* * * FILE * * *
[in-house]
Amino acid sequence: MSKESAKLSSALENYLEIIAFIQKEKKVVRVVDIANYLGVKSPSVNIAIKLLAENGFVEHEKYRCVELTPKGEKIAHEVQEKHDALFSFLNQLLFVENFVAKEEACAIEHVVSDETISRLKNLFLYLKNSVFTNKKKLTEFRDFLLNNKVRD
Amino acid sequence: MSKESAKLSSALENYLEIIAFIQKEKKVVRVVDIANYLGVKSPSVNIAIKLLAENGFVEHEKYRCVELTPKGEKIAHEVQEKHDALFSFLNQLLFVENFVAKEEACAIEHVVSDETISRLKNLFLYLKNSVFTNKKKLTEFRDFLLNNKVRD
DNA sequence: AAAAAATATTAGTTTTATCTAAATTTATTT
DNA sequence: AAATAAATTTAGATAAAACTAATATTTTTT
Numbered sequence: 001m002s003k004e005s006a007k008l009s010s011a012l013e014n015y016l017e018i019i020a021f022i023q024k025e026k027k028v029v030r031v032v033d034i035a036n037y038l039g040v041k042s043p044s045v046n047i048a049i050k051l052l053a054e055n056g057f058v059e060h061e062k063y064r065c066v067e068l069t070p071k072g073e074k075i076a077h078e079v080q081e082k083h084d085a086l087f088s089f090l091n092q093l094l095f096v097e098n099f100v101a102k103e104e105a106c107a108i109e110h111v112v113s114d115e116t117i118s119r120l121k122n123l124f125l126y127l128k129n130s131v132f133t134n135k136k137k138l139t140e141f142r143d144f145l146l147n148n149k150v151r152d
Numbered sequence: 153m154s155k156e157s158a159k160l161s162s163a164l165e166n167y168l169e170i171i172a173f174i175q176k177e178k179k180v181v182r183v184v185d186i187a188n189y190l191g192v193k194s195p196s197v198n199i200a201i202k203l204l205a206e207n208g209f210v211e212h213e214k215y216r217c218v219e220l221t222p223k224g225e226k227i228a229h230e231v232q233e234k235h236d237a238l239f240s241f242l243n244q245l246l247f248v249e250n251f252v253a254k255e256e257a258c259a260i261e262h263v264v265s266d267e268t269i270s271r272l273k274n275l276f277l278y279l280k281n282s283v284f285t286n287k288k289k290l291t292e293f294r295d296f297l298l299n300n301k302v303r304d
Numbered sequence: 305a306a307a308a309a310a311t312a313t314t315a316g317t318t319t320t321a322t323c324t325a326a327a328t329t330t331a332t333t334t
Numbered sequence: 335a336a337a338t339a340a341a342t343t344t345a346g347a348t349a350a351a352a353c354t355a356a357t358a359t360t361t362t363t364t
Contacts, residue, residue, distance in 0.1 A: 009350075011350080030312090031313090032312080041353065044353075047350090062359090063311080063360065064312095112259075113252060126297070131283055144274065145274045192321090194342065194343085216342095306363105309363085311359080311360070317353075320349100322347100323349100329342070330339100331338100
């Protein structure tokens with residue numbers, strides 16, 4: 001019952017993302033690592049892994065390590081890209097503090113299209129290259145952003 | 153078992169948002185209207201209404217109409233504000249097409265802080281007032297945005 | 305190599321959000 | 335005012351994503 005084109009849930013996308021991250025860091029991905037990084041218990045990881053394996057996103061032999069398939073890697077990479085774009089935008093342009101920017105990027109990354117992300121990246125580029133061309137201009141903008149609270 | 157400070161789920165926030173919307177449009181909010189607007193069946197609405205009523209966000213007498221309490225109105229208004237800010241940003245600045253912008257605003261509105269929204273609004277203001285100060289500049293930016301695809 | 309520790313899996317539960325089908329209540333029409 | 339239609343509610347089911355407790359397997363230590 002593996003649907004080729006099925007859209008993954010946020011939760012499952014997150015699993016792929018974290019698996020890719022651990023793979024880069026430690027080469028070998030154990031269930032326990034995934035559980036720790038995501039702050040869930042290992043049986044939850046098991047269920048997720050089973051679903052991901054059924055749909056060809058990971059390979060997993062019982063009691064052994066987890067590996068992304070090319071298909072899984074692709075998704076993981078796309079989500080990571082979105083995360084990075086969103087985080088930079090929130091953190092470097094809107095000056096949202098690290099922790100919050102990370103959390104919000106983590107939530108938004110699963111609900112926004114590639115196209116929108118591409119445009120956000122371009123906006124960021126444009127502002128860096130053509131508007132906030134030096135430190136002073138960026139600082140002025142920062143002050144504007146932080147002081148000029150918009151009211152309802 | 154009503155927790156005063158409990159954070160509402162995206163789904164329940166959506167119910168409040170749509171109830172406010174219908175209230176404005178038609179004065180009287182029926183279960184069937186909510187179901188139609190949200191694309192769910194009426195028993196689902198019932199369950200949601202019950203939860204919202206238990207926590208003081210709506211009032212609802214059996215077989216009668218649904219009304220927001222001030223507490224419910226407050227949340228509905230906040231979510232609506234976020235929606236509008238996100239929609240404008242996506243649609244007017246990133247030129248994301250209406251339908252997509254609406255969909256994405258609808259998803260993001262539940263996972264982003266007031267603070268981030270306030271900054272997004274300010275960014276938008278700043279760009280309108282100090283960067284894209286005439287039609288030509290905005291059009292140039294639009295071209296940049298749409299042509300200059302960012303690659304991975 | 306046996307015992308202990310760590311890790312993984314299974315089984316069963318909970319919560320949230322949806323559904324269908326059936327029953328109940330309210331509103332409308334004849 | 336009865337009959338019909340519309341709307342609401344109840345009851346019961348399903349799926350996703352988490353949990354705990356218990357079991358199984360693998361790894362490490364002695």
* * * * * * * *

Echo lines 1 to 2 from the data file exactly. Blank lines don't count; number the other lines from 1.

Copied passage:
[in-house]
Amino acid sequence: MSKESAKLSSALENYLEIIAFIQKEKKVVRVVDIANYLGVKSPSVNIAIKLLAENGFVEHEKYRCVELTPKGEKIAHEVQEKHDALFSFLNQLLFVENFVAKEEACAIEHVVSDETISRLKNLFLYLKNSVFTNKKKLTEFRDFLLNNKVRD